We describe four SPG11 patients with confirmed KIAA1840 mutations and a clinical picture of a progressive spastic paraparesis complicated by cognitive deterioration, cerebellar and extrapyramidal signs, peripheral neuropathy/neuronopathy, and central retinal degeneration. All four patients had characteristic MRI abnormalities previously described in SPG11.9 In addition, 3 of our 4 patients showed abnormalities in CSF neurotransmitter metabolite concentrations: low concentration of HVA, the main metabolite in the catabolic pathway of dopamine; and low levels of BH4. While other SPG11 patients with mainly extrapyramidal signs have been described,4 CSF neurotransmitter metabolite analysis has not been reported in these patients, although one study illustrated functional dopamine deficits on SPECT imaging.3, 4
It is unlikely that these four subjects with established SPG11 mutations additionally had a primary neurotransmitter disorder.7 The CSF profile of neurotransmitters of the patients is not classical for any known primary disorder. Specifically, aromatic L-amino acid decarboxylase (AADC) deficiency would be expected to have elevated 3-O-methyldopa with normal BH4, and tyrosine hydroxylase (TH) deficiency would be expected to have normal BH4 in the presence of decreased HVA.10 In addition, other abnormalities of biopterin metabolites might be seen, such as decreases in neopterin in addition to BH4 (GTP cyclohydrolase deficiency), or increases in neopterin (sepiapterin reductase deficiency or 6-pyruvoyltetrahydropterin synthase or PTPS deficiency).8, 10, 11
The mechanism leading to neurotransmitter abnormalities in SPG11 patients is not known. The function of spatacsin itself is not well understood, although the protein has been associated with cytoskeleton, endoplasmic reticulum and vesicles involved in protein trafficking, suggesting a role in axonal transport.12 We speculate that the disruption of these systems could also disturb the physiological neurotransmitter synthesis and transport toward synapses leading to the secondary neurotransmitter abnormalities, although this could also be due to effects of non-specific neurodegeneration and cellular loss. 123I-ioflupane SPECT imaging in two cases reported by Anheim et al.3, 4 demonstrated bilateral reduction of striatal ligand uptake consistent with dysfunction of nigro-striatal innervation.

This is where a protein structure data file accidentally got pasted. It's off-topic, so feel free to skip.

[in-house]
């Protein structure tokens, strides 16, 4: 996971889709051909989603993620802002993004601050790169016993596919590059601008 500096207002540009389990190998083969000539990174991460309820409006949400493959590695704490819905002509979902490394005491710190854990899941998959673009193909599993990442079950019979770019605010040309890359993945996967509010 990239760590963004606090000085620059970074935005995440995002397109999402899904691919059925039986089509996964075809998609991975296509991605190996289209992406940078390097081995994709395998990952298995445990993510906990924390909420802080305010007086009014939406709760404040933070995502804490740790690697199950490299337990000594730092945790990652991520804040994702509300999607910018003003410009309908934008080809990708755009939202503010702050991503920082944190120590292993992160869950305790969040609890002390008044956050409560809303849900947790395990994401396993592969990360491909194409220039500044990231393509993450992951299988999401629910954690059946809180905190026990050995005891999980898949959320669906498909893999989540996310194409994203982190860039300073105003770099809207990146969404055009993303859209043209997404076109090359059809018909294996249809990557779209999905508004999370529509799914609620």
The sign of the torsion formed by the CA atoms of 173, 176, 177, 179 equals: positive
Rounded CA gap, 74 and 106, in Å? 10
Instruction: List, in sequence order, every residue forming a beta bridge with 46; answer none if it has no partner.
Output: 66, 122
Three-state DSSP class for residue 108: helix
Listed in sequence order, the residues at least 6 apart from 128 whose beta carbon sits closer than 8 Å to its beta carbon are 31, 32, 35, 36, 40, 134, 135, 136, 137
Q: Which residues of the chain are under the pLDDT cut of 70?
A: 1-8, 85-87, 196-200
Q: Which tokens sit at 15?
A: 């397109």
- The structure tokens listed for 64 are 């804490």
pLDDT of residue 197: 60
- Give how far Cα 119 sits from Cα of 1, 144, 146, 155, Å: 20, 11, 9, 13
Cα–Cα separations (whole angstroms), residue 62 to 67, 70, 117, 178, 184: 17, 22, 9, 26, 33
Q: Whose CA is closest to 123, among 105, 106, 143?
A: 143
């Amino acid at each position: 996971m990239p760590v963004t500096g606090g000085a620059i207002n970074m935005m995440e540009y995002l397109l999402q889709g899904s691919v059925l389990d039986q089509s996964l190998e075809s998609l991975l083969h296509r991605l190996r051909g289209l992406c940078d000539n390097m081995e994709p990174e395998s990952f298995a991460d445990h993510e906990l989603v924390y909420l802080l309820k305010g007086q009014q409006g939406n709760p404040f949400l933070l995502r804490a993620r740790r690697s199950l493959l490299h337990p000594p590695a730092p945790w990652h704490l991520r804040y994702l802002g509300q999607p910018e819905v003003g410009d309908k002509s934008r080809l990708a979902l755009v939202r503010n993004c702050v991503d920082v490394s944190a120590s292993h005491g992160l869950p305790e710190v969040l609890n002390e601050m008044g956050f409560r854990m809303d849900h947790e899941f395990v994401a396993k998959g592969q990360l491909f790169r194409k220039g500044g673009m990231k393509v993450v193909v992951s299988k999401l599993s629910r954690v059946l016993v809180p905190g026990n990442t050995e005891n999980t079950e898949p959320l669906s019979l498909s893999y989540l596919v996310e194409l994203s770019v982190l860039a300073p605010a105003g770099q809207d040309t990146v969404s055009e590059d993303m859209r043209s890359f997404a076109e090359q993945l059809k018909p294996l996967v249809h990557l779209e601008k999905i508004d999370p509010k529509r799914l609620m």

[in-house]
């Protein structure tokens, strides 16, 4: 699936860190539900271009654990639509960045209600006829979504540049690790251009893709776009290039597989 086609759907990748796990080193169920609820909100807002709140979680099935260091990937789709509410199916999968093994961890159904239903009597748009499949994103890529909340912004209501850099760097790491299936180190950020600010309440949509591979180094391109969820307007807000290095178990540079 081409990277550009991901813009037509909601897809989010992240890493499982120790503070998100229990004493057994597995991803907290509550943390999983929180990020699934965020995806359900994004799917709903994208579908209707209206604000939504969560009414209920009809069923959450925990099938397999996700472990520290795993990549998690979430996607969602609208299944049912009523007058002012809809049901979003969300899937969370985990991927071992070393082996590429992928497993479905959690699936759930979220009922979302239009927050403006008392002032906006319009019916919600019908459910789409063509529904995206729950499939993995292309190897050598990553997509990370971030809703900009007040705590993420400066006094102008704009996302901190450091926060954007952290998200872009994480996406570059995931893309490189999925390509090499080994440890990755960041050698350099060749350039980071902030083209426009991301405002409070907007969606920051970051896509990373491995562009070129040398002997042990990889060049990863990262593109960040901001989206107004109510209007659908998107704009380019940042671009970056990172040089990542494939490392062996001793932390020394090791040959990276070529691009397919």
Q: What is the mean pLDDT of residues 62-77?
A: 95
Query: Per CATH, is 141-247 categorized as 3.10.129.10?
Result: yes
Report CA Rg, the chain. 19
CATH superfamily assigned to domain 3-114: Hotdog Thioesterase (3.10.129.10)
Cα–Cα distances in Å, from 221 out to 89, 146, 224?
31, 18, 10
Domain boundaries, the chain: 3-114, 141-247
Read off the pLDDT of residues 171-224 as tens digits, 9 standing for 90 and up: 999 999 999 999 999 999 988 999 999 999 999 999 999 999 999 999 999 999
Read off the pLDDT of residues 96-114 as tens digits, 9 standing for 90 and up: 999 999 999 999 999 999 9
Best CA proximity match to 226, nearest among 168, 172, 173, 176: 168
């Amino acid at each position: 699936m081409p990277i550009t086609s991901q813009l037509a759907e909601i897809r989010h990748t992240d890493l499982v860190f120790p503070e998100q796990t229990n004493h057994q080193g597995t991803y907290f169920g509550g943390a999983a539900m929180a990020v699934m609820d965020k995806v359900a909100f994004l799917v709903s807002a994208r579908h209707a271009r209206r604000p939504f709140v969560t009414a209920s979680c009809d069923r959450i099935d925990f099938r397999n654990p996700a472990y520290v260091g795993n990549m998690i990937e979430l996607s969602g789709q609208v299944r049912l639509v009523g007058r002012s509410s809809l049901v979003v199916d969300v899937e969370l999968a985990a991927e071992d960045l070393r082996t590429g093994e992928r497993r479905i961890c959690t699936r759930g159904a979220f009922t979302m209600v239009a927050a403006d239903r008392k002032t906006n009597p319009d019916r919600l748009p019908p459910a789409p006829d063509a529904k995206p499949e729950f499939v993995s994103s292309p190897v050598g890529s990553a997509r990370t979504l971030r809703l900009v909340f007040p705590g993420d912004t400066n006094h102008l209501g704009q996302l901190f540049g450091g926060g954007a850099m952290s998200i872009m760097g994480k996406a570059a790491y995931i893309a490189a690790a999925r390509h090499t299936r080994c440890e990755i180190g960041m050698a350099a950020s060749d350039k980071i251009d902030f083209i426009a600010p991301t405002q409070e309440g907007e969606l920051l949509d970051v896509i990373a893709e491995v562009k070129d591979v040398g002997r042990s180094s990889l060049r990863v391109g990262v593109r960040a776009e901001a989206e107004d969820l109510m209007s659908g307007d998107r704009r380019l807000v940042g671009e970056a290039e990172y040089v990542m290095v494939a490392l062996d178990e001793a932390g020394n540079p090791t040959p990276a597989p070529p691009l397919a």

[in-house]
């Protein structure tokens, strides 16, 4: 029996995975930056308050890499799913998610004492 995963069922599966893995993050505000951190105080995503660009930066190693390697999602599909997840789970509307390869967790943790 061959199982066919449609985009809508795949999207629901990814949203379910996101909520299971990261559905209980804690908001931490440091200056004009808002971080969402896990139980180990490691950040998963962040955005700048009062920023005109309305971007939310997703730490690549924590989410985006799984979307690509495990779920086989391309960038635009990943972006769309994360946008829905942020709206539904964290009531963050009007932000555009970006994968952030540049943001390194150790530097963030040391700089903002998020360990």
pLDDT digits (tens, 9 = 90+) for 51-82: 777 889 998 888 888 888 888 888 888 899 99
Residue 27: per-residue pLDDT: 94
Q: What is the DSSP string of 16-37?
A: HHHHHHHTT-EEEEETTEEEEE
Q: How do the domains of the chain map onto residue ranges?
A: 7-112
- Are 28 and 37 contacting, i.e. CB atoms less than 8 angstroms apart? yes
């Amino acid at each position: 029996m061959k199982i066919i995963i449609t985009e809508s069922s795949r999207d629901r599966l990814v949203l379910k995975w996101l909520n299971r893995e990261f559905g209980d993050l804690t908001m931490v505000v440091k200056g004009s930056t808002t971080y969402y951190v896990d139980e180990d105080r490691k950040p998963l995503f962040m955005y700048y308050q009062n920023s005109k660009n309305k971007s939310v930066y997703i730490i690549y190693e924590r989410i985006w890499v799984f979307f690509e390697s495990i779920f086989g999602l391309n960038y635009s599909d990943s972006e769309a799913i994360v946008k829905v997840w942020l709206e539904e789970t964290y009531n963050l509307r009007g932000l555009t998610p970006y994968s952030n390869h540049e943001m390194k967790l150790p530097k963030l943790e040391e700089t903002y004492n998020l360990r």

Although further studies are necessary to understand the origin of neurotransmitter abnormalities in SPG11, this finding in combination with extrapyramidal signs led us to start supplementation of dopamine and tetrahydrobiopterin pathways with L-dopa/carbidopa and sapropterin. We saw at least temporary improvement of motor symptoms in 4/4 patients. Benefits from L-Dopa therapy in SPG-11-associated juvenile parkinsonism have been previously described.3, 4 Our cases further support the idea of an imbalance of the normal dopaminergic circuits in SPG11 patients and the potential benefit of supplemental treatment, in particular in the presence of extra pyramidal features. The observations in this report cover a period of approximately two years, thus, the effects over a longer time span remain unclear for this patient group, and larger, adequately controlled studies are need to determine the benefits of this type of therapy.
Of note, the frequency of neurotransmitter abnormalities in SPG11 is unknown, and the relationship between identified secondary neurotransmitter abnormalities and a response to supplementation has not been explored. Our patient 3, who showed normal CSF neurotransmitters concentrations but responded to supplementation, presented milder symptoms than his brother (patient 2). It is unknown why his neurotransmitters differed from the other patients. It is conceivable that measurable deficits of dopamine and tetrahydrobiopterin pathways are a late finding, and earlier undetectable deficits may result in clinical manifestations and be amendable to supplementation.
Although extrapyramidal symptoms have been previously identified in SPG11, this is the first description of neurotransmitter abnormalities in the dopamine and tetrahydrobiopterin pathways in these patients. A trial of L-dopa/carbidopa and sapropterin for the treatment of extrapyramidal signs and symptoms, even in the setting of normal neurotransmitter levels, should be considered in SPG11. The impact of supplementation on motor function and side effects should be carefully monitored until the long term benefits of such therapies are better established. The role of CSF monitoring of neurotransmitters in this disorder, and its relationship to therapeutic monitoring, are unknown.
Patients 1, 2 and 3 were enrolled via the Myelin Disorders Bioregistry Program and all patients were evaluated as part of the Undiagnosed Disease Program at the National Institutes of Health (NIH). Thanks are given to the administrative staff of the Undiagnosed Disease Program (UDP) for their logistical efforts. Thanks is also given to referring physicians and patients described in this report, in particular Dr. Steven Vernino for his assistance on outpatient care in one case. Interpretation of neurotransmitter abnormalities was assisted by Dr Philip Pearl at Children’s National Medical Center. The contributions of A.V. were supported by the intramural program at the National Human Genome Research Institute, NIH. Assistance in description of mutation status was provided by Khalida Liaquat, MS, CGC, Genetic Counselor at Athena Diagnostics.